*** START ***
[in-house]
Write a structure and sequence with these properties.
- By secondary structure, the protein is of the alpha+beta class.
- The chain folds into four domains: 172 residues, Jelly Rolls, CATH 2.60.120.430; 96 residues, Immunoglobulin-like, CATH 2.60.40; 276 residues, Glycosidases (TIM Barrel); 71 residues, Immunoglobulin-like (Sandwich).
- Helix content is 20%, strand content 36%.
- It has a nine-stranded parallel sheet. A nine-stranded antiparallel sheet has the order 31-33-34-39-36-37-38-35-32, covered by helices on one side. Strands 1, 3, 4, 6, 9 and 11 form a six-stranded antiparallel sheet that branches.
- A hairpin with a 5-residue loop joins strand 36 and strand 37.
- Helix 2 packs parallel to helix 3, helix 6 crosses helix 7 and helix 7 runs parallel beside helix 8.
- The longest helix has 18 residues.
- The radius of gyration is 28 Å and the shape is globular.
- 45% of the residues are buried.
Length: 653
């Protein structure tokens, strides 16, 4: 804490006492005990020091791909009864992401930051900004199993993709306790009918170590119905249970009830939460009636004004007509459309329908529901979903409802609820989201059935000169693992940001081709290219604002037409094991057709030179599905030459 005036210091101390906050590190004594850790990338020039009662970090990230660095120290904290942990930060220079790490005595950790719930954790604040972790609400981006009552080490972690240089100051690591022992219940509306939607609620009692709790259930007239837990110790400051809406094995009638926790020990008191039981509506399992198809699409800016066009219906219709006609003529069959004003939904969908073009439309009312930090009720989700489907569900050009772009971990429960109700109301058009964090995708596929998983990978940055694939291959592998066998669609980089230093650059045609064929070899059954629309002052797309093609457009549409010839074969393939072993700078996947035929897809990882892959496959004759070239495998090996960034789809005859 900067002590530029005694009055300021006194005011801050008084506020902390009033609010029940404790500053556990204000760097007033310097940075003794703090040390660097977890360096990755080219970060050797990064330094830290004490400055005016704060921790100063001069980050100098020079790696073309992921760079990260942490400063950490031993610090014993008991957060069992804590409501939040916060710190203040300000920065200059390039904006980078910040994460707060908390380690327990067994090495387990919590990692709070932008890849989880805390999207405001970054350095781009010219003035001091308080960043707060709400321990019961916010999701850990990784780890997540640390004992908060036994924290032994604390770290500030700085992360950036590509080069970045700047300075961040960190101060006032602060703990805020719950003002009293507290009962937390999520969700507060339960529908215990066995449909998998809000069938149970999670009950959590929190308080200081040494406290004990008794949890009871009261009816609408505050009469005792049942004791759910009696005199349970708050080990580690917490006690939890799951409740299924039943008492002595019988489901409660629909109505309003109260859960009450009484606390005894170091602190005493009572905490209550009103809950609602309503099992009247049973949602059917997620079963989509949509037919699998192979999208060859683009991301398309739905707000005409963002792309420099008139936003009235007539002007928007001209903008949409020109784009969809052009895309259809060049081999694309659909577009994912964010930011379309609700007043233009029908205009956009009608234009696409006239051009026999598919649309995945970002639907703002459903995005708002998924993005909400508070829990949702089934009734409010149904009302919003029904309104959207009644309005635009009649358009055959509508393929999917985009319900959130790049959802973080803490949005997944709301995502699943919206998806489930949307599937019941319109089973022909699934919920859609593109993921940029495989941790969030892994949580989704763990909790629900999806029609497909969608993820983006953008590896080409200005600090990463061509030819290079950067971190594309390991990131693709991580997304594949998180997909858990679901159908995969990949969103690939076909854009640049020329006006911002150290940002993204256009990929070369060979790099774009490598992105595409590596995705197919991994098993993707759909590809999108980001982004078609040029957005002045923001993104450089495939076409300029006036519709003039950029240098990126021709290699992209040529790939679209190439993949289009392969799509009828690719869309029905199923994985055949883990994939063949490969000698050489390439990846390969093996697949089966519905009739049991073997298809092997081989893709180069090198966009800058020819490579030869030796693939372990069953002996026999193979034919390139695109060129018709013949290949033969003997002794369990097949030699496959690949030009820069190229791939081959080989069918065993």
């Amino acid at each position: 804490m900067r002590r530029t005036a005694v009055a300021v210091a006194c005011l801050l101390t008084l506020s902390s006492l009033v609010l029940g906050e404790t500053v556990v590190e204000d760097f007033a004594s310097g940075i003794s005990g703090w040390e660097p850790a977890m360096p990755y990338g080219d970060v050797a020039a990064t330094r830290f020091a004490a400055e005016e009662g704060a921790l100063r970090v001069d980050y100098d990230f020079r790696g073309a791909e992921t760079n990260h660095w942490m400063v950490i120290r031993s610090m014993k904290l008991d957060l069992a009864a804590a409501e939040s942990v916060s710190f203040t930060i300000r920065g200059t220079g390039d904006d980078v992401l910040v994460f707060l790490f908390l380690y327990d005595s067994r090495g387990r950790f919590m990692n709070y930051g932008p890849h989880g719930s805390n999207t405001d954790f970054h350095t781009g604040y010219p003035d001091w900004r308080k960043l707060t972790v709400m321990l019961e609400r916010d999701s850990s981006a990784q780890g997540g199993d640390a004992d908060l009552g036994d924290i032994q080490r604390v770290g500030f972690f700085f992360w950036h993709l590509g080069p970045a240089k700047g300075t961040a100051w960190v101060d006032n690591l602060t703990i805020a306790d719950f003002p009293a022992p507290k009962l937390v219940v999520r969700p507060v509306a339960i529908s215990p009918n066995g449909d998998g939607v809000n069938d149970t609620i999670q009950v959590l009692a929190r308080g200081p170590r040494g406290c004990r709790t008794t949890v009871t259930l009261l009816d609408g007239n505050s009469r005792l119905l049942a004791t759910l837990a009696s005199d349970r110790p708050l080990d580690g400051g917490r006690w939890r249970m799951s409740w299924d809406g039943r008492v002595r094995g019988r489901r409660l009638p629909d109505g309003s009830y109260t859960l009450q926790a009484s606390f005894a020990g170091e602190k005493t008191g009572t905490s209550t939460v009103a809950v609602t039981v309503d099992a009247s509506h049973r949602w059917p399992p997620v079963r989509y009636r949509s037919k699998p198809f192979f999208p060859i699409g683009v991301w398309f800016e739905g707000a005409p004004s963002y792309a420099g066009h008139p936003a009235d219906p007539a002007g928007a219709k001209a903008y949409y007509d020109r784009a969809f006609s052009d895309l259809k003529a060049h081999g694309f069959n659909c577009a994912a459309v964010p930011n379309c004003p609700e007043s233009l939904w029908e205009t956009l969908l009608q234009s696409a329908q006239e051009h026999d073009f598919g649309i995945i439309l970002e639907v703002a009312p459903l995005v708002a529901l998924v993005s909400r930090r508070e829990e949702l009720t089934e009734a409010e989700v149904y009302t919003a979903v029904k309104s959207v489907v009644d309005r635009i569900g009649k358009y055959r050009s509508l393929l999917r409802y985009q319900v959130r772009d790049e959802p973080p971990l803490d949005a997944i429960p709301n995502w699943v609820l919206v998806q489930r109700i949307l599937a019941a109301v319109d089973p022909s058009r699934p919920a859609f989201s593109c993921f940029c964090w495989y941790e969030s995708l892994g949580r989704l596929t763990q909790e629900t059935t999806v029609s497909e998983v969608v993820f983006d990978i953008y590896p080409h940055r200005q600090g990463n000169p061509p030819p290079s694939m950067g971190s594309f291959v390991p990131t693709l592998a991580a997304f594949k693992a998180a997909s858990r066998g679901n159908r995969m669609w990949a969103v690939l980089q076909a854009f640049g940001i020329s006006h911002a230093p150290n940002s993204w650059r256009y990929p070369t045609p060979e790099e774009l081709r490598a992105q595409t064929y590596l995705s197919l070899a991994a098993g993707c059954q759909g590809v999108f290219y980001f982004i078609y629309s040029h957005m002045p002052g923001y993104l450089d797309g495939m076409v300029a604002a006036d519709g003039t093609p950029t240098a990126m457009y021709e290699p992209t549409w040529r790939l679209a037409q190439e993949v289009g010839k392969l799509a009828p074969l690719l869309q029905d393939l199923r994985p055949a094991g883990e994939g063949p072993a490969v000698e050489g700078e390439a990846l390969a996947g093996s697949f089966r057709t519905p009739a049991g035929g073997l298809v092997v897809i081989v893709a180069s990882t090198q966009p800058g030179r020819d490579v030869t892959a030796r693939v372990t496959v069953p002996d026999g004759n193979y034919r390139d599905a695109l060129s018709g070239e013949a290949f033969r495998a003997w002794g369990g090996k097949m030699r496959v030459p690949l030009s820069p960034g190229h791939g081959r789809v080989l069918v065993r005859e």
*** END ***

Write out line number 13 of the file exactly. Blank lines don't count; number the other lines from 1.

């Protein structure tokens, strides 16, 4: 804490006492005990020091791909009864992401930051900004199993993709306790009918170590119905249970009830939460009636004004007509459309329908529901979903409802609820989201059935000169693992940001081709290219604002037409094991057709030179599905030459 005036210091101390906050590190004594850790990338020039009662970090990230660095120290904290942990930060220079790490005595950790719930954790604040972790609400981006009552080490972690240089100051690591022992219940509306939607609620009692709790259930007239837990110790400051809406094995009638926790020990008191039981509506399992198809699409800016066009219906219709006609003529069959004003939904969908073009439309009312930090009720989700489907569900050009772009971990429960109700109301058009964090995708596929998983990978940055694939291959592998066998669609980089230093650059045609064929070899059954629309002052797309093609457009549409010839074969393939072993700078996947035929897809990882892959496959004759070239495998090996960034789809005859 900067002590530029005694009055300021006194005011801050008084506020902390009033609010029940404790500053556990204000760097007033310097940075003794703090040390660097977890360096990755080219970060050797990064330094830290004490400055005016704060921790100063001069980050100098020079790696073309992921760079990260942490400063950490031993610090014993008991957060069992804590409501939040916060710190203040300000920065200059390039904006980078910040994460707060908390380690327990067994090495387990919590990692709070932008890849989880805390999207405001970054350095781009010219003035001091308080960043707060709400321990019961916010999701850990990784780890997540640390004992908060036994924290032994604390770290500030700085992360950036590509080069970045700047300075961040960190101060006032602060703990805020719950003002009293507290009962937390999520969700507060339960529908215990066995449909998998809000069938149970999670009950959590929190308080200081040494406290004990008794949890009871009261009816609408505050009469005792049942004791759910009696005199349970708050080990580690917490006690939890799951409740299924039943008492002595019988489901409660629909109505309003109260859960009450009484606390005894170091602190005493009572905490209550009103809950609602309503099992009247049973949602059917997620079963989509949509037919699998192979999208060859683009991301398309739905707000005409963002792309420099008139936003009235007539002007928007001209903008949409020109784009969809052009895309259809060049081999694309659909577009994912964010930011379309609700007043233009029908205009956009009608234009696409006239051009026999598919649309995945970002639907703002459903995005708002998924993005909400508070829990949702089934009734409010149904009302919003029904309104959207009644309005635009009649358009055959509508393929999917985009319900959130790049959802973080803490949005997944709301995502699943919206998806489930949307599937019941319109089973022909699934919920859609593109993921940029495989941790969030892994949580989704763990909790629900999806029609497909969608993820983006953008590896080409200005600090990463061509030819290079950067971190594309390991990131693709991580997304594949998180997909858990679901159908995969990949969103690939076909854009640049020329006006911002150290940002993204256009990929070369060979790099774009490598992105595409590596995705197919991994098993993707759909590809999108980001982004078609040029957005002045923001993104450089495939076409300029006036519709003039950029240098990126021709290699992209040529790939679209190439993949289009392969799509009828690719869309029905199923994985055949883990994939063949490969000698050489390439990846390969093996697949089966519905009739049991073997298809092997081989893709180069090198966009800058020819490579030869030796693939372990069953002996026999193979034919390139695109060129018709013949290949033969003997002794369990097949030699496959690949030009820069190229791939081959080989069918065993």